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Ocean census reveals the beast with 56 names

sailfish noaa.jpgThis week there are 56,400 fewer unique species in the sea thanks to humans. Don’t get depressed though; this is a good news story.

The Census of Marine Life has announced that its huge list of marine species is half-way to completion, with over 120,000 species validated. As part of this process the scientists putting together the World Register of Marine Species have identified 56,400 aliases, including 56 for just one species: the Breadcrumb sponge, or Halichondria panacea*,

“Convincing warnings about declining fish and other marine species must rest on a valid census,” says Mark Costello, co-founder of the register (press release pdf). “… It will eliminate the misinterpretation of names, confusion over Latin spellings, redundancies and a host of other problems that sow confusion and slow scientific progress.”

It is hoped the project will be finished by the end of 2010, when the 230,000 marine species so far known to science are listed. Census scientists think there are three times more marine species out there.

“Animals on land or on the sea don’t walk around with their names on their face,” says Philippe Bouchet, of the Natural History Museum in Paris (AFP). “The history of science is full of approximations, of intuitions and of errors.”

Halichondria panacea appears to be a classic example of this. It is not surprising the organism was given so many names, says Edward vanden Berghe, census scientist and researcher at Rutgers University in New Jersey.

“It can look completely different according to the conditions in which it grows, and as a consequence, people have been describing the same thing over and over again, using a different name each time,” says Berghe (The Guardian).

Deep Sea News thinks open access taxonomy could help sort the problem:

With over 250 years of species discoveries to sift through, scientists need a complete record of the literature to accomplish this task. In my opinion, much of the problem lies in obscurity of taxonomic works. Many scientists choose to publish their work in small local museum or society journals that most people wouldn’t know existed or are very difficult to get ahold of.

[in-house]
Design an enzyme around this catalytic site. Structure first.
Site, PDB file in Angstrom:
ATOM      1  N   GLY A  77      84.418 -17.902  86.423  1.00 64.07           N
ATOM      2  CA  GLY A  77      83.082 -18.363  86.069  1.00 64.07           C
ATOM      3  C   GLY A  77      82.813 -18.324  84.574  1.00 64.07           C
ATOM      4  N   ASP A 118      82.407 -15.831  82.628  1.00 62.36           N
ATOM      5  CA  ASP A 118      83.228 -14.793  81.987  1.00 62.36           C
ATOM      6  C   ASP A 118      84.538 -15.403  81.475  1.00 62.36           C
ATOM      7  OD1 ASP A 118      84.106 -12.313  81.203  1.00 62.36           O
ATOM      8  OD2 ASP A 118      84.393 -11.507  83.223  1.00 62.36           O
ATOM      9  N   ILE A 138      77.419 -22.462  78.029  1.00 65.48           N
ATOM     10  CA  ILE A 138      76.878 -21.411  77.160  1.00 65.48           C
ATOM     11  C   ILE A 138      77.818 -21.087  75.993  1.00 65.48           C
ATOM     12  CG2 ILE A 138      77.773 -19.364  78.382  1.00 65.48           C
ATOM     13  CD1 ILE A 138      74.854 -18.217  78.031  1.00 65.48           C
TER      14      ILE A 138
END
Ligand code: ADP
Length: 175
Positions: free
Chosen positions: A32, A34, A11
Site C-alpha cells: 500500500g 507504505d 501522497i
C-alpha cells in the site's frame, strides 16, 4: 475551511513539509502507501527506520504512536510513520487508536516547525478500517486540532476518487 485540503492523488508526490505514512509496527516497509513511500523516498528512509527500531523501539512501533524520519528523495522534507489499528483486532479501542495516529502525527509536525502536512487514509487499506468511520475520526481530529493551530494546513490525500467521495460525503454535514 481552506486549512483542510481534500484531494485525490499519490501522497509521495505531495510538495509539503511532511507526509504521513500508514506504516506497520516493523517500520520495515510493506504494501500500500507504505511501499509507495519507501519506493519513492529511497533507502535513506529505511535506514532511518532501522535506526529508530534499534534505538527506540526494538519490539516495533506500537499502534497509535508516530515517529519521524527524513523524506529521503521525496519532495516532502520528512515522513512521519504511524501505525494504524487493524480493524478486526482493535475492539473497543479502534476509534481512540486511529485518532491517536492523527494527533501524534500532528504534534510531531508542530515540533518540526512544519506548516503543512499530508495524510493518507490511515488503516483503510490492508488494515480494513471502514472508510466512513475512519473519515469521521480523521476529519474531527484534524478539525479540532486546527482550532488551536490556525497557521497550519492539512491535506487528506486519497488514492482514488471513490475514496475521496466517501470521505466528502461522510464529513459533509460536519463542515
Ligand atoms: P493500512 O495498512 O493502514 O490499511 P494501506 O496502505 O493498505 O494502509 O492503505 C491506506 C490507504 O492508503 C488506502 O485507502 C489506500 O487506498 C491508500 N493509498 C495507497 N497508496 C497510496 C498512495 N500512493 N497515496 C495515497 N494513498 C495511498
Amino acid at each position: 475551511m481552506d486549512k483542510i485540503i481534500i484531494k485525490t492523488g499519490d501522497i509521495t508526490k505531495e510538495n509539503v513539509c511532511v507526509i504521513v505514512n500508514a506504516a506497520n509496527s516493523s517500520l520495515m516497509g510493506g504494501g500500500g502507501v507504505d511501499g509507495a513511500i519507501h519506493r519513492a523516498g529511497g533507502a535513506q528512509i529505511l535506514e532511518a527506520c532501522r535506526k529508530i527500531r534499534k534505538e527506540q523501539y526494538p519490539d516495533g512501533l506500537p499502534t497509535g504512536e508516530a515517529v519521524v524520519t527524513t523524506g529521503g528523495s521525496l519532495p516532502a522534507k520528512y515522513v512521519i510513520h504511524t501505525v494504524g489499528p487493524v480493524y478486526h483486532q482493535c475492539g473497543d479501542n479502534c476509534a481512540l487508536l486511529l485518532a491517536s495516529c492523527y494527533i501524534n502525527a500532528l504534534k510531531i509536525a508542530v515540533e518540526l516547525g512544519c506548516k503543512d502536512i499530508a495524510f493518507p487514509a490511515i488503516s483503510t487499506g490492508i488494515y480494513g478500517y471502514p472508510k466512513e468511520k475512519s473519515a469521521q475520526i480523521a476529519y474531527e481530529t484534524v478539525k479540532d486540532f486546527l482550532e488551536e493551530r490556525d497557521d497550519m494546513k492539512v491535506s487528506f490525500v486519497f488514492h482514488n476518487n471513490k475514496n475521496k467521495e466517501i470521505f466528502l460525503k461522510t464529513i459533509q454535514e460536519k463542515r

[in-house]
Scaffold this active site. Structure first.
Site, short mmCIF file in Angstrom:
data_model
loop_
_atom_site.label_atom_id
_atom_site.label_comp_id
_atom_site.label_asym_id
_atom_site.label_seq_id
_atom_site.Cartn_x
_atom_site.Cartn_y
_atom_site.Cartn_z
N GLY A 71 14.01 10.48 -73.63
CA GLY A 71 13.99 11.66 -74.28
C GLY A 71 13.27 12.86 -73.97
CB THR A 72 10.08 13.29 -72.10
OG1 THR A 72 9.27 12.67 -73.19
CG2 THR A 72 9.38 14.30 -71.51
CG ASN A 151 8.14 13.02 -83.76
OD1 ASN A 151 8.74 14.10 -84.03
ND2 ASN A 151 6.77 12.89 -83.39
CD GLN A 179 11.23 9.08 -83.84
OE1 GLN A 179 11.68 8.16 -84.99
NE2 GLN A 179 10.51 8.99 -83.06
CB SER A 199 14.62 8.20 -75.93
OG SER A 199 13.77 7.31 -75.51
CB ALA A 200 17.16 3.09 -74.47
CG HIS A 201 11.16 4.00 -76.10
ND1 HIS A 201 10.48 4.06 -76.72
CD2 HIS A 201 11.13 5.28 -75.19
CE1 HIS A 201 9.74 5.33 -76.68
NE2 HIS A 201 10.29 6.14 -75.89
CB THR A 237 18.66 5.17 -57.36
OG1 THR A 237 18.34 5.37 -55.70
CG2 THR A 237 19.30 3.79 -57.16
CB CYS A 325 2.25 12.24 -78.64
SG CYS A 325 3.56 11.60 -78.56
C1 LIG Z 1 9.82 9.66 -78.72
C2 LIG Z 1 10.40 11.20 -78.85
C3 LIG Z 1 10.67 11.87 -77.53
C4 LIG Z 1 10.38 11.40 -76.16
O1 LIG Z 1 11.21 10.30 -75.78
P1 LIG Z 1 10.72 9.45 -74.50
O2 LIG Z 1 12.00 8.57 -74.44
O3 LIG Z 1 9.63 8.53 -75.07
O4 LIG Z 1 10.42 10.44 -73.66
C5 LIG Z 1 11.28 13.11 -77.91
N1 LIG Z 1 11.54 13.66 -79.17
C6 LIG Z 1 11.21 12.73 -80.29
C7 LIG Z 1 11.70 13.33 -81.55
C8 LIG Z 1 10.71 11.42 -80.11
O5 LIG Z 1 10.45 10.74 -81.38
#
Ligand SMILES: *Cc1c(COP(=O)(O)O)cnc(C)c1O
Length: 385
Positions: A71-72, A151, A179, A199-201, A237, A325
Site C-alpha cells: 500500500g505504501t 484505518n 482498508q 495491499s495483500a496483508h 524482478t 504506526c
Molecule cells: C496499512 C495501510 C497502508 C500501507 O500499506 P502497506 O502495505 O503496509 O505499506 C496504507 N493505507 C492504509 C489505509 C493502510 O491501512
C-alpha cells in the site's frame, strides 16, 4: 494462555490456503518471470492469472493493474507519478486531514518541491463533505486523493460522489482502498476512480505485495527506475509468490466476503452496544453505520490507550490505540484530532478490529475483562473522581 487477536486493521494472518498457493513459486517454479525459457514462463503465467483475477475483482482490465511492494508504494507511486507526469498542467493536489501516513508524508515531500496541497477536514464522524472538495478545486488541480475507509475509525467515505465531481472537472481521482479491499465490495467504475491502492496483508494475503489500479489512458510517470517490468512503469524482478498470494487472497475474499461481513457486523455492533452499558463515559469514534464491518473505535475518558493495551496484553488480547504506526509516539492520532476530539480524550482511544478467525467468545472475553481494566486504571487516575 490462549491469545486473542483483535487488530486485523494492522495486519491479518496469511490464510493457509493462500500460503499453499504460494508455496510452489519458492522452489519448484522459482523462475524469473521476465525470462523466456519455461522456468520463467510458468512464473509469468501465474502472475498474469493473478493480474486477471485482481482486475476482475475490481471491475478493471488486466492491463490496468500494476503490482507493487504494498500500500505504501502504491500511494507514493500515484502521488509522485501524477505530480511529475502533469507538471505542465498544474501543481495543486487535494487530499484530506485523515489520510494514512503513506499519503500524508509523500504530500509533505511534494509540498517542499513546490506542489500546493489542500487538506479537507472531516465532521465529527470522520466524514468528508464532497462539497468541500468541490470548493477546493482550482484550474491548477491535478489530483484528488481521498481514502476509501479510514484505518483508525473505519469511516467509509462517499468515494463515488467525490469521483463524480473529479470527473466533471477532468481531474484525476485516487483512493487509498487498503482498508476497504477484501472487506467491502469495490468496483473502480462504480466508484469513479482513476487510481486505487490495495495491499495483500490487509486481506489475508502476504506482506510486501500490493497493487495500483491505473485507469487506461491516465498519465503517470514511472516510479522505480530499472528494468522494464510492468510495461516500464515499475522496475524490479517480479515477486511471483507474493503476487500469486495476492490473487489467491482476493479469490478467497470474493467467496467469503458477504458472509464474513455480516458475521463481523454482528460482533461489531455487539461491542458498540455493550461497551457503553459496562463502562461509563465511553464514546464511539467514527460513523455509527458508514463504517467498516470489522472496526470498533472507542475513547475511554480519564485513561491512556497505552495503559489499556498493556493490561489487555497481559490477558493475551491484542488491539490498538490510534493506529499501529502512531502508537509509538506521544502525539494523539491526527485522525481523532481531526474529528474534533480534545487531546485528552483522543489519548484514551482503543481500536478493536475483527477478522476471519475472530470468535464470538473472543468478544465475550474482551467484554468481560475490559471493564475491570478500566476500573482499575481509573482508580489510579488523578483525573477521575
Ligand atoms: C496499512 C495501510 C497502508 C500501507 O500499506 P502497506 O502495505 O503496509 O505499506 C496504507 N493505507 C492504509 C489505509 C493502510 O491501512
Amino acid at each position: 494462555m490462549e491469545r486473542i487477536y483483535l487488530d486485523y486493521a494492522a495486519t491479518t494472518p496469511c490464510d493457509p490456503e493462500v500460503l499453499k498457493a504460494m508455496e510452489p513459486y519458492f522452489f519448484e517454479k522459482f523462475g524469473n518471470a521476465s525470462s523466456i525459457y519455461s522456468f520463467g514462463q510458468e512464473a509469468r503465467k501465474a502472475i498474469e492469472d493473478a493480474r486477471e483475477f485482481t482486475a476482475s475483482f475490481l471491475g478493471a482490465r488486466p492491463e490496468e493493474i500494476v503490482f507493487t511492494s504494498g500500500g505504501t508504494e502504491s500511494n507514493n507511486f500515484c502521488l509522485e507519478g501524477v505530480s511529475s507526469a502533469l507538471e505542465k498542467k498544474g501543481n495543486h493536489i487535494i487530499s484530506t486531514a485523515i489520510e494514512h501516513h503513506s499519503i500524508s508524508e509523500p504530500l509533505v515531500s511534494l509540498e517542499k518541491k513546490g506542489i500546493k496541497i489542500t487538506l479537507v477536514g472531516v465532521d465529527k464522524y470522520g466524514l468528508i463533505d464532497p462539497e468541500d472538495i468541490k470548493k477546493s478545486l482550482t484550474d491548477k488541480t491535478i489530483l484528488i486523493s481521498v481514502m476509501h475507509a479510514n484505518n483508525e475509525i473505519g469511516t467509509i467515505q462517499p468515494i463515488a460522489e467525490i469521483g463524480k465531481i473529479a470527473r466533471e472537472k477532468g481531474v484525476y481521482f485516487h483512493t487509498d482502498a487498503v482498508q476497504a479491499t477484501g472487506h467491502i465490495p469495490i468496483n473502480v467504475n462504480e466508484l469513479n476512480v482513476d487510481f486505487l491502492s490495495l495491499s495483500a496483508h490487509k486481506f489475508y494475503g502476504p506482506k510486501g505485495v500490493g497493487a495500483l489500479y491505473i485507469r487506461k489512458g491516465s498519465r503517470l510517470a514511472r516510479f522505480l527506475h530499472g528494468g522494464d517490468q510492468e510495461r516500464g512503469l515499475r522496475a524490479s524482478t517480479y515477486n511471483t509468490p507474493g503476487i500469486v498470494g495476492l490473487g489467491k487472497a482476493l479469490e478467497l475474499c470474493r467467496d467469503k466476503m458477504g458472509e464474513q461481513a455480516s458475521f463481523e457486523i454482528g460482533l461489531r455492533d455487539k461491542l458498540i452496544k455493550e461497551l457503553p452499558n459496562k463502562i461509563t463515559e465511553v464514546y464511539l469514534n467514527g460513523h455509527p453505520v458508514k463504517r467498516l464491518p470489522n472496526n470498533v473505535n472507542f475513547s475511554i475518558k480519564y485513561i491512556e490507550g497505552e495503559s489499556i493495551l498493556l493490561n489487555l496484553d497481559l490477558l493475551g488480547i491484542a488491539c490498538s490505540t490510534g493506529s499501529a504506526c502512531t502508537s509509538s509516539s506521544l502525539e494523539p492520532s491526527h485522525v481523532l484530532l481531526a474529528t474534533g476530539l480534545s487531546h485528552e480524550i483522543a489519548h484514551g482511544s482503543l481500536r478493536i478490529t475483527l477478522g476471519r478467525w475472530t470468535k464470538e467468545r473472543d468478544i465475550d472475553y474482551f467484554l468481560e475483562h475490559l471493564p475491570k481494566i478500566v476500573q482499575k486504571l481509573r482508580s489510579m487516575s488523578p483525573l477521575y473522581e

Open Access (OA) Taxonomy will alleviate much of this problem.


Scientific American census slide show

Scientists Struggle to Keep Up With Marine Life Discoveries – LiveScience

Image: coolest fish in the sea: the sailfish / NOAA


Alcyonium manusdiaboli sensu Esper, 1794

Alcyonium medullare Lamarck, 1815

Amorphina appendiculata Schmidt, 1875

Amorphina grisea Fristedt, 1887

Amorphina paciscens Schmidt, 1875

Halichondria albescens Rafinesque, 1818

Halichondria ambigua Bowerbank, 1874

Halichondria brettii Bowerbank, 1866

Halichondria caduca Bowerbank, 1866

Halichondria coccinea Bowerbank, 1861

Halichondria coralloides Bowerbank, 1882

Halichondria edusa Bowerbank, 1874

Halichondria firmus Bowerbank, 1874

Halichondria glabra Bowerbank, 1866

Halichondria grisea Fristedt, 1887

Halichondria incerta Bowerbank, 1866

Halichondria lactea Bowerbank, 1866

Halichondria membrana Bowerbank, 1866

Halichondria paciscens Schmidt, 1875

Halichondria panicea Pallas, 1766

Halichondria pannosus Verrill, 1874

Halichondria papillaris Linnaeus, 1791

Halichondria reticulata Lieberkühn, 1859

Halichondria sevosa Johnston, 1842

Halichondria topsenti de Laubenfels, 1936

Halichondriella corticata Burton, 1931

Halina panicea Pallas, 1766

Hymeniacidon brettii Bowerbank, 1866

Hymeniacidon coccinea Bowerbank, 1861

Hymeniacidon fallaciosus Bowerbank, 1866

Hymeniacidon firmus Bowerbank, 1874

Hymeniacidon fragilis Bowerbank, 1866

Hymeniacidon lactea Bowerbank, 1866

Hymeniacidon membrana Bowerbank, 1866

Hymeniacidon parfitti Parfitt, 1868

Hymeniacidon reticulatus Bowerbank, 1866

Hymeniacidon solida Bowerbank, 1874

Hymeniacidon tegeticula Bowerbank, 1874

Hymeniacidon thomasii Bowerbank, 1866

Isodictya crassa Bowerbank, 1882

Isodictya perplexa Bowerbank, 1882

Menanetia minchini Topsent, 1896

Microciona tumulosa Bowerbank, 1882

Pellina bibula Schmidt, 1870

Seriatula seriata Grant, 1826

Spongia compacta Sowerby, 1806

Spongia cristata Ellis & Solander, 1786

Spongia panicea Pallas, 1766

Spongia seriata Grant, 1826

Spongia tomentosa Linnaeus, 1767

Spongia tubulosa Ellis & Solander, 1786

Spongia urens Ellis & Solander, 1786

Spuma borealis var. convoluta Miklucho-Maclay, 1870

Spuma borealis var. tuberosa Miklucho-Maclay, 1870

Spuma borealis var. velamentosa Miklucho-Maclay, 1870

Trachyopsilla glaberrima Burton, 1931


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